Mo'ne Davis and the Anderson Monarchs using America's pastime as a bridge to the future

by ParentCo. June 12, 2015

Anyone who's paying attention knows Mo'ne Davis is one extraordinary kid. But behind her, and the 13 others who play for the Anderson Monarchs (run out of the Philadelphia Department of Parks and Recreation) is Steve Bandura. For two decades he's shaped the lives of hundreds of disadvantaged kids with big dreams.
The Monarchs play basketball, soccer and baseball, depending on the season, and the kids are together year-round. The team is named for Marian Anderson, who in 1955 became the first black singer to perform at the Metropolitan Opera in New York City, and for the Kansas City Monarchs, a standout in the Negro Leagues back when professional baseball was segregated. Jackie Robinson was its star.
For three weeks this summer, they're dotting their exhibition tour with a tour of Civil Rights history. Taking time out from baseball to make stops at places like the 16th Street Baptist Church in Birmingham Alabama, the site of the 1963 bombing which killed four black girls, and Little Rock Central High School, the epicenter of the fight to end segregated schools. Read the full piece at the New York Times: Baseball and Black History - NYTimes.com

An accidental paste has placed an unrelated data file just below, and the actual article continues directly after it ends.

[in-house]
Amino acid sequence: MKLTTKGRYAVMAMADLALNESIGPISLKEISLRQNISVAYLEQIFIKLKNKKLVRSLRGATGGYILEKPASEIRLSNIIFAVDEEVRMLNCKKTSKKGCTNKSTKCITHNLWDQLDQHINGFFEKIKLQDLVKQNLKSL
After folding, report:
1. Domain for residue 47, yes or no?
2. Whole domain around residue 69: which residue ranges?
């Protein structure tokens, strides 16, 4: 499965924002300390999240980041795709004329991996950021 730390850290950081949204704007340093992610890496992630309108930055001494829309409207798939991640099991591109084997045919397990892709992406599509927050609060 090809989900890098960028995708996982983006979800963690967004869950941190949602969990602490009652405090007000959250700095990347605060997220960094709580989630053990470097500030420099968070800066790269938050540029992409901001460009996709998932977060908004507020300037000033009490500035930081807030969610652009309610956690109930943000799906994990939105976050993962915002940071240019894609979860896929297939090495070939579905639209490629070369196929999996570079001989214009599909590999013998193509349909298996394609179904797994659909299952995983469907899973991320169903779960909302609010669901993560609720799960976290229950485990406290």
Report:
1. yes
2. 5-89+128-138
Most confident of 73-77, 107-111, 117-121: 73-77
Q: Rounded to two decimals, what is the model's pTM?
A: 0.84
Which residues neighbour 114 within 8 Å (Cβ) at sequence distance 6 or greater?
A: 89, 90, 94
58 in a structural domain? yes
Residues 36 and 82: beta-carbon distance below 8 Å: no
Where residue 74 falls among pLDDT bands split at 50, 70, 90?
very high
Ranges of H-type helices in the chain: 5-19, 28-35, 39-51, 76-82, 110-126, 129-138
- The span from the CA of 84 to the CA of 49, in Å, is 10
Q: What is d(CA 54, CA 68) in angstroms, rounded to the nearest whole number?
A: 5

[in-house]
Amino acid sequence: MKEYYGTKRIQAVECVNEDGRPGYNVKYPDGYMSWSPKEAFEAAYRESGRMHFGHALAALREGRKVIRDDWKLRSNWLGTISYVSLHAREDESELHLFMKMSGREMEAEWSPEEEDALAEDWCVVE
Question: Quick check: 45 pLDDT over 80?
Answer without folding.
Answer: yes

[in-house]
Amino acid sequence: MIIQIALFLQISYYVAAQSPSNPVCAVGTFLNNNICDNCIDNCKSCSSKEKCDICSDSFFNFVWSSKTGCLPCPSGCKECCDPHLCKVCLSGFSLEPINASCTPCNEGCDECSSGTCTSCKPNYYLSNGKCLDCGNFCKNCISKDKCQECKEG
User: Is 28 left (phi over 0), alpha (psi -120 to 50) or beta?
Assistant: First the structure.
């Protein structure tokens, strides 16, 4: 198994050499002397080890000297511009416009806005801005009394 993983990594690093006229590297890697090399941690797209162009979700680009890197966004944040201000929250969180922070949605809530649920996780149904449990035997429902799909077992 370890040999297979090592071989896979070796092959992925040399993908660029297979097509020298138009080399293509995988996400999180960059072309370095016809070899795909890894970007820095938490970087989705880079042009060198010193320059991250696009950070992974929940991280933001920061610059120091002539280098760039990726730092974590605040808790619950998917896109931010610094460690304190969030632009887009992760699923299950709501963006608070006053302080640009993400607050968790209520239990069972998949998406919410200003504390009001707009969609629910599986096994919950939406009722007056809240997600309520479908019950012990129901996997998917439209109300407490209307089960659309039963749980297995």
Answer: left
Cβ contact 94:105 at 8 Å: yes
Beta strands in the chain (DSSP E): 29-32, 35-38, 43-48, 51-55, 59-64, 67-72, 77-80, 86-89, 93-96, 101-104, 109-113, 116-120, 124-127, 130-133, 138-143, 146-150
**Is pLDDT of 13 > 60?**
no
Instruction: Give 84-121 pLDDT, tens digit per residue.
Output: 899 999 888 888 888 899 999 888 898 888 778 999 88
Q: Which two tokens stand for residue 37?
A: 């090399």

ParentCo.

Author



Also in Conversations

young family
From the NICU to Entrepreneurship: bökee’s Lauren and Brandon Stuart

by Hannah Howard

Any parent knows you need more hands; the bökee gives caregivers that. It lets them hold/bounce/dance a baby while preparing a bottle. Simple but revolutionary.

Continue Reading

man stopping cars and allowing ducks to cross
Plan Your Next Family Vacation: Real-World Places From Your Child's Favorite Books

by ParentCo.

Give your child an opportunity to live “inside” their favorite books with a trip to one of the real-world locations of their favorite stories.

Continue Reading

a grandmother drying her grandson
To Fight Ageism, Start with Calling your Grandma

by ParentCo.

Many elderly people in the American community feel neglected. Making a change starts with the way we treat our grandparents.

Continue Reading